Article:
Palm Beach Relocation Guide

SPR-SUM 2016

The Palm Beach Relocation Guide is Palm Beach County's most respected relocation publication and is a MUST for anyone considering visiting, moving to, living in, or just wants to learn more about the Palm Beaches.

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Page 125 of 203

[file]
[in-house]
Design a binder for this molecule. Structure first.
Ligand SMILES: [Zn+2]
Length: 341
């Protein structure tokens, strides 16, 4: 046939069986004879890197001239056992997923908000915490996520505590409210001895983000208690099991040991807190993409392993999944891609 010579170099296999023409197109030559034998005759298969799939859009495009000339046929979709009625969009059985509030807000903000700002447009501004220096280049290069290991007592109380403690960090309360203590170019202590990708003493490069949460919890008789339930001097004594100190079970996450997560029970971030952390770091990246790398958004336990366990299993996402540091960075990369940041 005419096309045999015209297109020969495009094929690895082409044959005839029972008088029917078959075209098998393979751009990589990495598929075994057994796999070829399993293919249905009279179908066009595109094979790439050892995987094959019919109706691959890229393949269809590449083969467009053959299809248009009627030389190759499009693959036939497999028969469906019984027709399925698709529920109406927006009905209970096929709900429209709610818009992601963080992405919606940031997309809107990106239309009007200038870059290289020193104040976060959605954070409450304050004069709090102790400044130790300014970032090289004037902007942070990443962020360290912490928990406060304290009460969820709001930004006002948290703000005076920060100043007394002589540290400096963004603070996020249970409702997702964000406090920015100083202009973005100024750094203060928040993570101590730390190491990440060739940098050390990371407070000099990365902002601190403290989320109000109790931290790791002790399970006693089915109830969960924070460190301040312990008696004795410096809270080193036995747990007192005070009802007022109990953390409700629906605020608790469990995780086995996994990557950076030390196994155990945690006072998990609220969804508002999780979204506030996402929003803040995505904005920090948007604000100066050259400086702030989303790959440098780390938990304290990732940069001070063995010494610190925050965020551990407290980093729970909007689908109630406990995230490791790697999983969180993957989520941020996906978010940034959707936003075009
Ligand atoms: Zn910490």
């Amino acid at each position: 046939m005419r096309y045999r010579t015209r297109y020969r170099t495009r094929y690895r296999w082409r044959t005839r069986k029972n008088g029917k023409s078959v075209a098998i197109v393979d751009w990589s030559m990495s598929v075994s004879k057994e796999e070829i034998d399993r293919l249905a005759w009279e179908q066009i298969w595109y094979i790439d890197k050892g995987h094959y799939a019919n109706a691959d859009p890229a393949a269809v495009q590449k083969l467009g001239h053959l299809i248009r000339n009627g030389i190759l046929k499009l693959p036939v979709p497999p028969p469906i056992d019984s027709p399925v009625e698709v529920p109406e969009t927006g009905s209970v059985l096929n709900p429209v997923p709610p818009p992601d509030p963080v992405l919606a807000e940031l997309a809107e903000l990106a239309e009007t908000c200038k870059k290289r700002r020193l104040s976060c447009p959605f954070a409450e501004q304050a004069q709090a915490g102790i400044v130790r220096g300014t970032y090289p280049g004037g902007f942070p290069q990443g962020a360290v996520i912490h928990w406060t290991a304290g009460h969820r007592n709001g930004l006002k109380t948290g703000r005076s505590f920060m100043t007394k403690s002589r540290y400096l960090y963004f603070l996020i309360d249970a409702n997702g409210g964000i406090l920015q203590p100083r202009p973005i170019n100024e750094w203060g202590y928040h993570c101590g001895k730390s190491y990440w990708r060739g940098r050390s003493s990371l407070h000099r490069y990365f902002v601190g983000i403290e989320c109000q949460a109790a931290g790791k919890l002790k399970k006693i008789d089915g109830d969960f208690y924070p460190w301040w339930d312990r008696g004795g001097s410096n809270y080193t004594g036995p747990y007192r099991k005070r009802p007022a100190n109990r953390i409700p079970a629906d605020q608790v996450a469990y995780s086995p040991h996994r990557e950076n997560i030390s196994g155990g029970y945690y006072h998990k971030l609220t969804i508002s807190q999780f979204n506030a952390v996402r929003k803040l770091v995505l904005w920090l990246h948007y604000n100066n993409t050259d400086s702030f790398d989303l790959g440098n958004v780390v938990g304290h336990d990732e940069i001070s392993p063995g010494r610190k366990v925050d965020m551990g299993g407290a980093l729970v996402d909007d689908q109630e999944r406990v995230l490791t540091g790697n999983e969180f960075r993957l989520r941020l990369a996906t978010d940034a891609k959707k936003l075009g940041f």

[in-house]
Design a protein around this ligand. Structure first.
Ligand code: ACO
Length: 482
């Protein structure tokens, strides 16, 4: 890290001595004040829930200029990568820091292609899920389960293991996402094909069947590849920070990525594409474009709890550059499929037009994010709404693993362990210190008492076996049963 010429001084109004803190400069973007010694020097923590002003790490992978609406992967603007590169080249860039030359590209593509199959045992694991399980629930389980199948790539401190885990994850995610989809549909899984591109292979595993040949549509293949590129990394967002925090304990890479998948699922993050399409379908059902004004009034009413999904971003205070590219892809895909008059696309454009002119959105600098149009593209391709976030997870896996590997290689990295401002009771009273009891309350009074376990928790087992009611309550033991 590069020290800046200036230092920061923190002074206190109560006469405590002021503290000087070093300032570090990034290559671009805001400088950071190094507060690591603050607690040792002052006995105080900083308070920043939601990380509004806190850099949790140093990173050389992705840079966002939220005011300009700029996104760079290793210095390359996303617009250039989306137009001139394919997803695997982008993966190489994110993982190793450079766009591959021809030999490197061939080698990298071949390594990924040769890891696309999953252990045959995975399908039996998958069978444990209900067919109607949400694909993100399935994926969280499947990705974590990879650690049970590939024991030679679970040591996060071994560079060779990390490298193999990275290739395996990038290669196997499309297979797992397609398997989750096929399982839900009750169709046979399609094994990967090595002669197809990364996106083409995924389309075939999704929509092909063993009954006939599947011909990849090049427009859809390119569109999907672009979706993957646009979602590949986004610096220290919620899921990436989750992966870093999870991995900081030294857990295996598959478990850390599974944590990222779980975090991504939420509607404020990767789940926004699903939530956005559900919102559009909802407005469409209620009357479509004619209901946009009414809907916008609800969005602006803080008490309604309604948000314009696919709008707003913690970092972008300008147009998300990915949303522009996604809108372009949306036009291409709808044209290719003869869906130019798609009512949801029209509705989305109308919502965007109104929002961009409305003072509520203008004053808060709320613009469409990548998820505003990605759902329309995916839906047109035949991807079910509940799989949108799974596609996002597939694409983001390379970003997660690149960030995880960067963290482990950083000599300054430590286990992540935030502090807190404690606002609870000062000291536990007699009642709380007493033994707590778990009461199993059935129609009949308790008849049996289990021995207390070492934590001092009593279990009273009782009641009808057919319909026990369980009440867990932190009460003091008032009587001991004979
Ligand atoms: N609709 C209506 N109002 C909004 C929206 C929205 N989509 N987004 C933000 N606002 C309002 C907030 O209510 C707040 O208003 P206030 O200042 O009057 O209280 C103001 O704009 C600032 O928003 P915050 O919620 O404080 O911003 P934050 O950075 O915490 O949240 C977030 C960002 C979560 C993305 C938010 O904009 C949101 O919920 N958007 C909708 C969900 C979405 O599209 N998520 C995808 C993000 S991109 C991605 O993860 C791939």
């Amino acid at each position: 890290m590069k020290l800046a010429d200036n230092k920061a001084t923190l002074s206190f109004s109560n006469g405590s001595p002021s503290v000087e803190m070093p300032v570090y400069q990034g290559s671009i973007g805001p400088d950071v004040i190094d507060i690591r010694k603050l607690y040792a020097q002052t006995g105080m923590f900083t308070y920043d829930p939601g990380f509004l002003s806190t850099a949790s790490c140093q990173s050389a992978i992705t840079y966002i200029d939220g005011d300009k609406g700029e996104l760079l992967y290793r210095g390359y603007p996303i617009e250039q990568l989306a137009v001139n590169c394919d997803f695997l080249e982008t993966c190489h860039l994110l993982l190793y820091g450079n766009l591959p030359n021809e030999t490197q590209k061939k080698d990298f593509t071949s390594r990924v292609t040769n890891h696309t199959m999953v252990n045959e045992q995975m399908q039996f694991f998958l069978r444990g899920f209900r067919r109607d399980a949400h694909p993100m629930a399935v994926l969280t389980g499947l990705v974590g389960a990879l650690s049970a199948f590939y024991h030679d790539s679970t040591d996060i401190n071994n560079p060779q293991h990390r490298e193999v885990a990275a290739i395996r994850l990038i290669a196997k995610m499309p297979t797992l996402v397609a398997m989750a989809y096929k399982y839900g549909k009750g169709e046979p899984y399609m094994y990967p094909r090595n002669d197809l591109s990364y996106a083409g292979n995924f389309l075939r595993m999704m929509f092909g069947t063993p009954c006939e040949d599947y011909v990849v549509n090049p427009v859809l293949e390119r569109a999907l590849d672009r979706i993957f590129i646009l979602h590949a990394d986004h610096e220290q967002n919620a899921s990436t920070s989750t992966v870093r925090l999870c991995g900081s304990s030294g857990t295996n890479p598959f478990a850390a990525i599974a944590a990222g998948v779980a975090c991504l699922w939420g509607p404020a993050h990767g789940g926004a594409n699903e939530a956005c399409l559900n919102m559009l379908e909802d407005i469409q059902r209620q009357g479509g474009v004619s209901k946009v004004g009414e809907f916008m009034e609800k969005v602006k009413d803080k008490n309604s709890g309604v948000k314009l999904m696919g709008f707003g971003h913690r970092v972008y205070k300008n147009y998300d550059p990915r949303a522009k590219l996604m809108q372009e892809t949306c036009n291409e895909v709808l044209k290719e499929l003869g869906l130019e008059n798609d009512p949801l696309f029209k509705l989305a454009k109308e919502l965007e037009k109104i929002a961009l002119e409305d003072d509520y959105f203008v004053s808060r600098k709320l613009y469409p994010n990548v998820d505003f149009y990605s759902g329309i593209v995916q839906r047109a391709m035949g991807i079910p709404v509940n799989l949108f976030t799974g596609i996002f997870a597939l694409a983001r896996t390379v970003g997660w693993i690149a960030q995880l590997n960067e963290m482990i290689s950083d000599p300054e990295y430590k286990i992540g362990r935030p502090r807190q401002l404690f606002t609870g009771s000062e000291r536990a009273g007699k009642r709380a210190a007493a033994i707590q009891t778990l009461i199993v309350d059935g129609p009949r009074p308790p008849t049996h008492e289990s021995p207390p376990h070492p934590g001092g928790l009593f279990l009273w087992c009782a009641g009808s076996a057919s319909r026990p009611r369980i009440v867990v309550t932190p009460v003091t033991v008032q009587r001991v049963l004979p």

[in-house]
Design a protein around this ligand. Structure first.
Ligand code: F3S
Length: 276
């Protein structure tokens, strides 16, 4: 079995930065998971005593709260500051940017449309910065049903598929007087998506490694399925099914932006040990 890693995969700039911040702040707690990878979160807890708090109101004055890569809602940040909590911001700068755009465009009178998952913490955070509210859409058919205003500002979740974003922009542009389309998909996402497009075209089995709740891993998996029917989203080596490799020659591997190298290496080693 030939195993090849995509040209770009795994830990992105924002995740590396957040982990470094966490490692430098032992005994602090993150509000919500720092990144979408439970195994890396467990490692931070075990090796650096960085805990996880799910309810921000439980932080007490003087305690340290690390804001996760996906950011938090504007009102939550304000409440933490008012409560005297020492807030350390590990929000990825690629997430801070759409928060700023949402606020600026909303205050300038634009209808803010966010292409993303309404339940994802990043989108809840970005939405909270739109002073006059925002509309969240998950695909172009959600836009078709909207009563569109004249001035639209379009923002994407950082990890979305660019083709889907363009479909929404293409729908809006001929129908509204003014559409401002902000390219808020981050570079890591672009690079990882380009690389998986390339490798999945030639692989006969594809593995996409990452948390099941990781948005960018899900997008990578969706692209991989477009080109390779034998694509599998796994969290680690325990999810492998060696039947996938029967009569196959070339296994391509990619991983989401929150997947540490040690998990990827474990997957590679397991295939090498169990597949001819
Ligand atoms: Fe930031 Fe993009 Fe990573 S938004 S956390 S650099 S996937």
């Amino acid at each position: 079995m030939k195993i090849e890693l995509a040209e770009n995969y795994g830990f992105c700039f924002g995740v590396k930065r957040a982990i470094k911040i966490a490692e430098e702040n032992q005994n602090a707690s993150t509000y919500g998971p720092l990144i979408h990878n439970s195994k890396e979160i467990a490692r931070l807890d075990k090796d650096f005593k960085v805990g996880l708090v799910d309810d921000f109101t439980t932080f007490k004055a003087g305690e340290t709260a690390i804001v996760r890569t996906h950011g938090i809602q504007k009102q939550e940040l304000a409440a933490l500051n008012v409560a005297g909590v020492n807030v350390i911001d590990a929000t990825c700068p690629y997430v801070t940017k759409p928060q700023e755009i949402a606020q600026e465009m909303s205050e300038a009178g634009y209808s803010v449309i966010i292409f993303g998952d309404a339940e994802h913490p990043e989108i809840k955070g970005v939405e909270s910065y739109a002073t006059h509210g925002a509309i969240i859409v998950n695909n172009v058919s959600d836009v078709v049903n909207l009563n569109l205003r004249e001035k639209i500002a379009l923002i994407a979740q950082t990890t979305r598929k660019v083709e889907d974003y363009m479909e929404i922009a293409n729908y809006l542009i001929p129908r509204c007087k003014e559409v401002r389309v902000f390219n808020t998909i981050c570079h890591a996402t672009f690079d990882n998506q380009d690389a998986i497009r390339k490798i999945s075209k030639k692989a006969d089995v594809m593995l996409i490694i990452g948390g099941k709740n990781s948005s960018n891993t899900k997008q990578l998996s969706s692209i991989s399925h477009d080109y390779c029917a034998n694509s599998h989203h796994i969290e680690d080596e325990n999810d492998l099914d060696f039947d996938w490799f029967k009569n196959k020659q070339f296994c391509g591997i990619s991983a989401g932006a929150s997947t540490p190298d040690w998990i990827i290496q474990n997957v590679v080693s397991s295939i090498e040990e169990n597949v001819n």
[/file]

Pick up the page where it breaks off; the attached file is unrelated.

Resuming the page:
124 P A L M B E A C H R E L O C A T I O N G U I D E – S P R I N G | S U M M E R 2 0 1 6 H O U S I N G & N E I G H B O R H O O D S Conveniently located in the heart of the Treasure Coast – St. Lucie County, Florida offers an affordable South Florida lifestyle. Comprised of Fort Pierce, Port St. Lucie and Hutchinson Island, St. Lucie County was founded in 1905 with deep agricultural roots in cattle, citrus, fshing and pineapples. While you can still smell the tasty Orange Blossom breezes from the grooves in the western part of the county, it's St. Lucie County's natural and coastal environ- ments that made it one of the fastest growing areas just a few short years ago. St. Lucie County's current population of roughly 291,000 is twice what it was just two decades ago. And there is plenty of land and housing available for that number to continue to grow. Founded in 1961, The City of Port St. Lucie (Florida's 9 th largest city) features a variety of housing options from gated golf communi- ties, in and around the award-winning PGA Village and Golf Club complex to the newer townhomes and traditional residences inside the Tradition area. Those looking for older historic homes can fnd hidden treasures in Fort Pierce, founded in 1901. With its easy access to the Atlantic Ocean through the Fort Pierce Inlet – Fort Pierce is a city that is looking toward the future without forget- ting its past from the renovated Sunrise Theatre (built in 1924) to its award-winning Saturday morning Farmer's Market. If you are looking for salt-water sunrises, you'll fnd plenty of housing options along the 21-miles of coastline that is Hutchinson Island. Despite its growing population and business industry (St. Lucie County features three hospitals, including a cutting-edge trauma center and heart institution), local leaders have taken great steps to protect the natural beauty that makes St. Lucie County unique. Through a voter-approved bond, the county has purchased nearly 11,000 acres that is open to the public for passive recreation such as horseback riding, hiking, biking, fshing and bird watching. St. Lucie County is one of the few places in Florida where horseback riding is allowed on the beach. There are dozens of one-of-kind arts and cultural facilities including, Zora Neale Hurston Dust Tracks Trail, Highwaymen Trail, A.E. Backus Museum & Gallery, and Heath- cote Botanical Gardens; environmental learning Centers such as, St. Lucie County Aquarium, Manatee Observation & Education Center, Oxbow Eco-Cente ; sporting activities like charter fshing outfts, private and public golf courses, Fort Pierce Jai-Alia and Tradi- tion Field – spring training home of the New York Mets and historical institutions, National Navy UDT-SEAL Museum and St. Lucie County Regional History Center to name a few. It's these and other reasons that have helped St. Lucie County grab the attention of medical-surgical services, an intensive care unit, an emergency department and a neo-natal intensive care unit. H O U S I N G Whether you are looking for a waterfront enclave, a suburban home, a deep water site to dock your boat, a golfing community, or a rural setting with plenty of space, St. Lucie County and the Treasure Coast region offer a huge array of options. The county offers a lower population density, low crime, and is an affordable alternative to more densely populated urban communities in South Florida. The region boasts the charm of beautiful small towns with the amenities of a large city. Like Palm Beach County, housing prices are on a steady rise, with the median home price jumping 18.6 percent in one year, from $134,950 mid-year 2014 to $160,000 by mid-year 2015, according to a Keyes Real Estate report. The number of days a home is on the market also dropped dramatically, from 53 to 35 days. Millennials, who are often said to be delaying home buying, are driving part of this boom, as the region's growing business sector attracts younger families into the area. The Treasure Coast is also attracting many from out of state, with buyers often coming from New England and the Northeast. Residents in many of the Treasure Coast's towns have taken pains to limit development along the shoreline, instituting height and building limitations to preserve the quality of the region and prevent the overcrowding of beachside high rises and commercial corridors that has occurred at other loca- tions in Florida. Many of the towns in this area of Florida still have a defined downtown district, many with beautiful historical buildings and arts districts, and an abundance of single family homes. But developers have not been asleep during the growth of Martin, St. Lucie and Indian River counties – all are seeing plenty of new housing developments, apartment complexes, and townhouse/condominium construction. The treasure coast is a beautiful region with beautiful beaches, charming towns, and something to do for everyone. So whether you are considering the Treasure Coast for your new home, or just in town visiting, this region is a true gem and a must-see. ST. LUCIE [ Port St. Lucie, Fort Pierce & Hutchinson Island ] S County 772-462-1400 |

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